A June 15, 2011 MRI of the lumbar spine showed multilevel disc degeneration and slight retrolisthesis, minimal annular bulge at ¶ 12-L1 and mild annular bulge at ¶ 1/L2. (AR 305).

         On June 24, 2011 Orsburn saw Dr. Chapman for lower back, neck, and arm pain. (AR 323). She described her neck pain as dull, aching, throbbing, and sharp, 8/10 on average and 10/10 at worst. Her neck pain radiates into her shoulders and arms and causes numbness. She also has back pain, 9/10 on average, and associated with walking, sitting, and standing. Examination showed normal gait, cervical ROM 50 degrees flexion (normal 50), 40 degrees extension (normal 60), 50 degrees left rotation (80 normal), and 50 degrees right rotation (80 normal), bilateral upper extremity strength within normal limits, positive Spurling's test, and normal sensation and reflexes. Dr. Chapman's impression was cervical disc disorder without myelopathy and cervical radiculopathy, and Orsburn received a steroid injection. (AR 324, 341).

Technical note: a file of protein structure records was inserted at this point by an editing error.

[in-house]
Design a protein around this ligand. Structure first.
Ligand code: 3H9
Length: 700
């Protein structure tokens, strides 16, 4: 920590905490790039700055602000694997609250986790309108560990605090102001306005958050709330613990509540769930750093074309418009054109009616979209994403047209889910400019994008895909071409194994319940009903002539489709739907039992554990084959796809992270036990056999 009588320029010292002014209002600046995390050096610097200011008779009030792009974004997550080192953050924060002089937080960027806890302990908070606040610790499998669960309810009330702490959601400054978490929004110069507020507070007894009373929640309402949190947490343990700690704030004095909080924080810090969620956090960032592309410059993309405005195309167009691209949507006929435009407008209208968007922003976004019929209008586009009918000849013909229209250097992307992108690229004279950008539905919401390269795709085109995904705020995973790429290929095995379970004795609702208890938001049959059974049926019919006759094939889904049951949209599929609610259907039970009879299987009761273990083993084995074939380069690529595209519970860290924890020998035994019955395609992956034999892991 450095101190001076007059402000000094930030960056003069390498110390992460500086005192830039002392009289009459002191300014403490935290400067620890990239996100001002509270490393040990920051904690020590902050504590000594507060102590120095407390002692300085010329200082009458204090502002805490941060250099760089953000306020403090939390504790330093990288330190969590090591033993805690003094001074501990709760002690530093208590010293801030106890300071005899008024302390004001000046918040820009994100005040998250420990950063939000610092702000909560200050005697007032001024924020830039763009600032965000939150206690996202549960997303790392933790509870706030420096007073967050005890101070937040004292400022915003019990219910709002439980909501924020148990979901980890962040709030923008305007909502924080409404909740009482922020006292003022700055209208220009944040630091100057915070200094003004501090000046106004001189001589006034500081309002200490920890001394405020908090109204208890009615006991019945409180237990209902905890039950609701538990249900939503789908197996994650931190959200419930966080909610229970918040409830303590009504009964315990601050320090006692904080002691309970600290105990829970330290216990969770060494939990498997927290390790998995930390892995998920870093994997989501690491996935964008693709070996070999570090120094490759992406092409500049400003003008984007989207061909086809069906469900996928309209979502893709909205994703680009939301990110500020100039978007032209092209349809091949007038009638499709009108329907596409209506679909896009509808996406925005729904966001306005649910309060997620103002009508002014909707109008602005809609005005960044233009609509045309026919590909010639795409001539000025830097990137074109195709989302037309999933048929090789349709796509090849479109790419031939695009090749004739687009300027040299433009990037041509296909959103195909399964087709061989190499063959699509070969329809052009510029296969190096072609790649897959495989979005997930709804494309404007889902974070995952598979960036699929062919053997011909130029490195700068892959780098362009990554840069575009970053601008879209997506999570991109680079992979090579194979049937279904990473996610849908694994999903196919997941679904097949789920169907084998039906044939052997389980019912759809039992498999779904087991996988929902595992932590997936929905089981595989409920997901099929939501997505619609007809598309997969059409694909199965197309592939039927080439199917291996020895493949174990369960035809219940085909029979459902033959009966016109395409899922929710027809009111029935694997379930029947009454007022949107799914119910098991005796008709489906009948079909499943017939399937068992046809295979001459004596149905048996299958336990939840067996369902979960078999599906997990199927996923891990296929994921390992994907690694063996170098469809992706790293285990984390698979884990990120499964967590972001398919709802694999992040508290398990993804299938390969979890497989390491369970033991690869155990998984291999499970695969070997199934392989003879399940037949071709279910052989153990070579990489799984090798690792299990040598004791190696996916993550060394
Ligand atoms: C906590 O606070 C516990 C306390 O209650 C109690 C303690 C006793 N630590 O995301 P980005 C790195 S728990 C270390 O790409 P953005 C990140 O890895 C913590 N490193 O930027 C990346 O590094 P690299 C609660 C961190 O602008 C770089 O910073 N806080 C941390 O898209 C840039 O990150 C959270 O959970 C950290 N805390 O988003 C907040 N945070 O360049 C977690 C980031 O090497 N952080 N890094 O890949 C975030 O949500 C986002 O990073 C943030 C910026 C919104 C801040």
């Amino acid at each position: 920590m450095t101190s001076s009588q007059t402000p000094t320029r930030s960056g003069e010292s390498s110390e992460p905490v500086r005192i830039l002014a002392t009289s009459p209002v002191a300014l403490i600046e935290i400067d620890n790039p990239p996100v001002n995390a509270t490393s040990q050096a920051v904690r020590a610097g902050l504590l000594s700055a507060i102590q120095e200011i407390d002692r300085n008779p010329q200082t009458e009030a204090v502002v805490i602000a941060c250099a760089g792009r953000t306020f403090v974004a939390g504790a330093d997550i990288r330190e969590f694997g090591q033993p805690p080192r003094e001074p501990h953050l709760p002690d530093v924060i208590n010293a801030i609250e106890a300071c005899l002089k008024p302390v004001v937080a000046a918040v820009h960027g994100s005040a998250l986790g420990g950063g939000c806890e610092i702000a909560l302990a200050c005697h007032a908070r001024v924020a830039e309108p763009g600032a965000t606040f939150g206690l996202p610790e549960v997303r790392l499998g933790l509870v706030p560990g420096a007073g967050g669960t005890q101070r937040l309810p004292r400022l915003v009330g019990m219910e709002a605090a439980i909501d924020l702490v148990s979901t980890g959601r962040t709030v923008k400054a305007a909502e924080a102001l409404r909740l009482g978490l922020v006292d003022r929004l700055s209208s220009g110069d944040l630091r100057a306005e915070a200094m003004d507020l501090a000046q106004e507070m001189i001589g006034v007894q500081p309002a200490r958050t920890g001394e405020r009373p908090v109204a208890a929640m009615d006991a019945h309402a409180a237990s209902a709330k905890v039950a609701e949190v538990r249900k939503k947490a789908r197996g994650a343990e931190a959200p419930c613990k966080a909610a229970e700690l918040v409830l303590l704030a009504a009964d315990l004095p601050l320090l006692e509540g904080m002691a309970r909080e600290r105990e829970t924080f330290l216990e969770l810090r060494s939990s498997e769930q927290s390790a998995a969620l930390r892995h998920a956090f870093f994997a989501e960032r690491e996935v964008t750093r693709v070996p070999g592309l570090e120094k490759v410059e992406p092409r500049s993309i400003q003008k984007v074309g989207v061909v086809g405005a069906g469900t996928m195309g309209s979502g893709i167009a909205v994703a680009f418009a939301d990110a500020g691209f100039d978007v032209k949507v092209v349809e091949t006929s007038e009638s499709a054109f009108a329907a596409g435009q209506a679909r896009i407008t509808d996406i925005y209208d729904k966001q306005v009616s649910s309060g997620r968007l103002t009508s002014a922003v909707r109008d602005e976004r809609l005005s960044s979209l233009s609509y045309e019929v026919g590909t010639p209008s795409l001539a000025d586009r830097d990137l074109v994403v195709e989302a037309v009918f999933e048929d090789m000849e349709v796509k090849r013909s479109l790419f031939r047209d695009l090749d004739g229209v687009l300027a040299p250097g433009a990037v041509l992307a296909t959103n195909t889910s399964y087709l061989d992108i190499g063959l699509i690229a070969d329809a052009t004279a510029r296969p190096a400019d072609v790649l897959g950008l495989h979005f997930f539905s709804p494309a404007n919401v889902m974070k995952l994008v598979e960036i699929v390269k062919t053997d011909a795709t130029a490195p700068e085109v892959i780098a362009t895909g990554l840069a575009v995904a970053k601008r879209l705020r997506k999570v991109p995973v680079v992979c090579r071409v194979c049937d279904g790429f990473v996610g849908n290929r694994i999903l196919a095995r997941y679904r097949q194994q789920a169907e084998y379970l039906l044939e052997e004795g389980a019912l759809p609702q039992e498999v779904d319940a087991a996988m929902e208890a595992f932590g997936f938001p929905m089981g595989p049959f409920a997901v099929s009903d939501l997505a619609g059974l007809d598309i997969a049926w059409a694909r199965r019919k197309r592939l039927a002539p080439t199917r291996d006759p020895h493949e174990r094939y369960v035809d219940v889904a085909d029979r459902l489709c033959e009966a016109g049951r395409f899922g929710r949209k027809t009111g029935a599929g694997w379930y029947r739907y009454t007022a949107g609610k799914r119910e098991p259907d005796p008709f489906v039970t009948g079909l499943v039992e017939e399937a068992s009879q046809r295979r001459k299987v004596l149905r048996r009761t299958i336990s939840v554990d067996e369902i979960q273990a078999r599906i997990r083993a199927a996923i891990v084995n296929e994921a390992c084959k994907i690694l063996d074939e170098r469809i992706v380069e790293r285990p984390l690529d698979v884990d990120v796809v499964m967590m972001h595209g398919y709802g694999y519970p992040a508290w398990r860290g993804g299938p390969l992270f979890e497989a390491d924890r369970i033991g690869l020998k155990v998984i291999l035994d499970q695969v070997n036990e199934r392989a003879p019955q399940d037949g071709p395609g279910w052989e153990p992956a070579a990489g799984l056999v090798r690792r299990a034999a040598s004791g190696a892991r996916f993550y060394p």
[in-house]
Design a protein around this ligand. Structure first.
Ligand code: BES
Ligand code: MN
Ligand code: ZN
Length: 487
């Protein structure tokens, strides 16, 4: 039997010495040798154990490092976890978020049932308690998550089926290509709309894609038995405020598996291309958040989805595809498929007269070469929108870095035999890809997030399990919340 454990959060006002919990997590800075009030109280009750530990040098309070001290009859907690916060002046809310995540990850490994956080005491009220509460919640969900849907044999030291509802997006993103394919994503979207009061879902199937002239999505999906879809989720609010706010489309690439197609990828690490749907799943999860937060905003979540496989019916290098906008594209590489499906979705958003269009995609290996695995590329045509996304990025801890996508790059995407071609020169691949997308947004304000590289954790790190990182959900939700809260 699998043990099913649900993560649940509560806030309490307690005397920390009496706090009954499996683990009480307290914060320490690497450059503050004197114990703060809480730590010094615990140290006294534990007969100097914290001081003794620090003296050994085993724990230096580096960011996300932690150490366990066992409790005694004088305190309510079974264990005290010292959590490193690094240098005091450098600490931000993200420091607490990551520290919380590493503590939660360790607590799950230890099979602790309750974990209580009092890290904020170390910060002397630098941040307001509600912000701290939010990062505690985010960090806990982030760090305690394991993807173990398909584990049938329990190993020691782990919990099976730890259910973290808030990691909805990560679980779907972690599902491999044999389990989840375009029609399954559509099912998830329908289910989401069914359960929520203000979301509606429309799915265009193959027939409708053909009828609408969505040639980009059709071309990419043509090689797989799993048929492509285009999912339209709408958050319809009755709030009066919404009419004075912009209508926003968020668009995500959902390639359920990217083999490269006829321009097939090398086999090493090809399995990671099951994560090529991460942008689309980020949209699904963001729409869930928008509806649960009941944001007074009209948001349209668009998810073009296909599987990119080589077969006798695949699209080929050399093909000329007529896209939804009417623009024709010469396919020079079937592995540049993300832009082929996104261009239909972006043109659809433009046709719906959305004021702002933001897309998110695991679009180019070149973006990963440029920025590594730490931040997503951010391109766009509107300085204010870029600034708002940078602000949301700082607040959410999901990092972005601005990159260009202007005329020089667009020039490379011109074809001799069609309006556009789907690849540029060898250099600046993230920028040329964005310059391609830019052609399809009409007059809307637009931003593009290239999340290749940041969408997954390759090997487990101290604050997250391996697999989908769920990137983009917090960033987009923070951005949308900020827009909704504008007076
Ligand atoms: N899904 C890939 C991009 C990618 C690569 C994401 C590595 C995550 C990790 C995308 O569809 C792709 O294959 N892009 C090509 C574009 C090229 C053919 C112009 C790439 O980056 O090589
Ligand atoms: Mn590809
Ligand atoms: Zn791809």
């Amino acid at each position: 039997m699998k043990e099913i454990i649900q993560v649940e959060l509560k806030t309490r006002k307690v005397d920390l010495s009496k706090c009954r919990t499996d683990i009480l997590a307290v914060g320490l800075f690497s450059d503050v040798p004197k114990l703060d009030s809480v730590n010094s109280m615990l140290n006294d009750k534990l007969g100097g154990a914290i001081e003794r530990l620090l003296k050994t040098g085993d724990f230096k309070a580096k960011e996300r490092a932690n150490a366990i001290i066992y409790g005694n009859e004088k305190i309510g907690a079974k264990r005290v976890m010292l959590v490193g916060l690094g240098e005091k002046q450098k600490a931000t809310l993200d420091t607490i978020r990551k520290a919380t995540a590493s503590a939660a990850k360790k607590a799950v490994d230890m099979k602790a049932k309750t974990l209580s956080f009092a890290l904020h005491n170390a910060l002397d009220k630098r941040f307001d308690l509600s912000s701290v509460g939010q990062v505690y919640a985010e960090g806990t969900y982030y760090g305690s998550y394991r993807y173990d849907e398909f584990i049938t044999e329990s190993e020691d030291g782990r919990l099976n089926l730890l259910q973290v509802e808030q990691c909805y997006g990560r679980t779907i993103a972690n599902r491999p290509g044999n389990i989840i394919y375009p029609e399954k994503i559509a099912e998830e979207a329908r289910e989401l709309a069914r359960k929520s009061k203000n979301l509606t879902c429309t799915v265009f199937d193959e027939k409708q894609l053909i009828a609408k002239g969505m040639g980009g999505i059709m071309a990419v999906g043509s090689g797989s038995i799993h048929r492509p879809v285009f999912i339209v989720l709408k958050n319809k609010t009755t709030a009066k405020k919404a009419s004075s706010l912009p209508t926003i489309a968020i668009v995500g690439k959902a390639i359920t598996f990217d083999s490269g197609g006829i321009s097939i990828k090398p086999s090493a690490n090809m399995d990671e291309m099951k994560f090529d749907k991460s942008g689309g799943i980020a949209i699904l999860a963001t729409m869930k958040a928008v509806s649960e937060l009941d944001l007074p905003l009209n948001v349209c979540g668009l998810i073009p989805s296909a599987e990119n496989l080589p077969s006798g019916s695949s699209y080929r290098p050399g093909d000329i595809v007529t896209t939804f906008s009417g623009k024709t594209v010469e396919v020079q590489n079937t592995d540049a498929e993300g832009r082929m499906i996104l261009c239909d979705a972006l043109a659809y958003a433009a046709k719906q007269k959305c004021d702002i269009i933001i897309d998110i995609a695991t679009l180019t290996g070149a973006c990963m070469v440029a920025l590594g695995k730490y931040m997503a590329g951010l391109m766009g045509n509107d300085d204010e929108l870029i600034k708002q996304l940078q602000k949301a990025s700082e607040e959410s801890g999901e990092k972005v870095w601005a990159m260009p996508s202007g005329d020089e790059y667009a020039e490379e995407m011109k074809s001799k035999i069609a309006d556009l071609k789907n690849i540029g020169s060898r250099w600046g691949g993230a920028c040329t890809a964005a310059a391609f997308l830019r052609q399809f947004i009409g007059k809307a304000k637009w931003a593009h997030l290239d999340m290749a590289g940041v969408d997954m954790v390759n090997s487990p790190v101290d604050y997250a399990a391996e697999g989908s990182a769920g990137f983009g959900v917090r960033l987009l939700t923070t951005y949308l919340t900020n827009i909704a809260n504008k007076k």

On August 2, 2011 Orsburn saw Dr. Chapman for a follow up. (AR 321). She reported the steroid injection helped 40% for 3 weeks and that currently her pain was 25% better. Orsburn rated her pain 7/10 and said the injection reduced the numbness. Dr. Chapman assessed cervical disc disorder without myelopathy and cervical radiculopathy and recommended she take pain medications as needed.

         A September 8, 2011 letter from Dr. DiGiacinto states that Orsburn was continuing to work but had neck and lower back pain and paresthesias in the hands. (AR 333). He recommended chiropractic treatment and acupuncture, and noted she had some improvement from the epidural shot in her neck and recommended a second injection.

         On September 16, 2011 Orsburn saw Dr. Chapman for a follow up and reported pain with variable intensity, currently 8/10. (AR 344). She described her pain as constant and improved with medications. Dr. Chapman noted she was “doing well for some time and recently had a return of pain.” He administered another injection. (AR 345).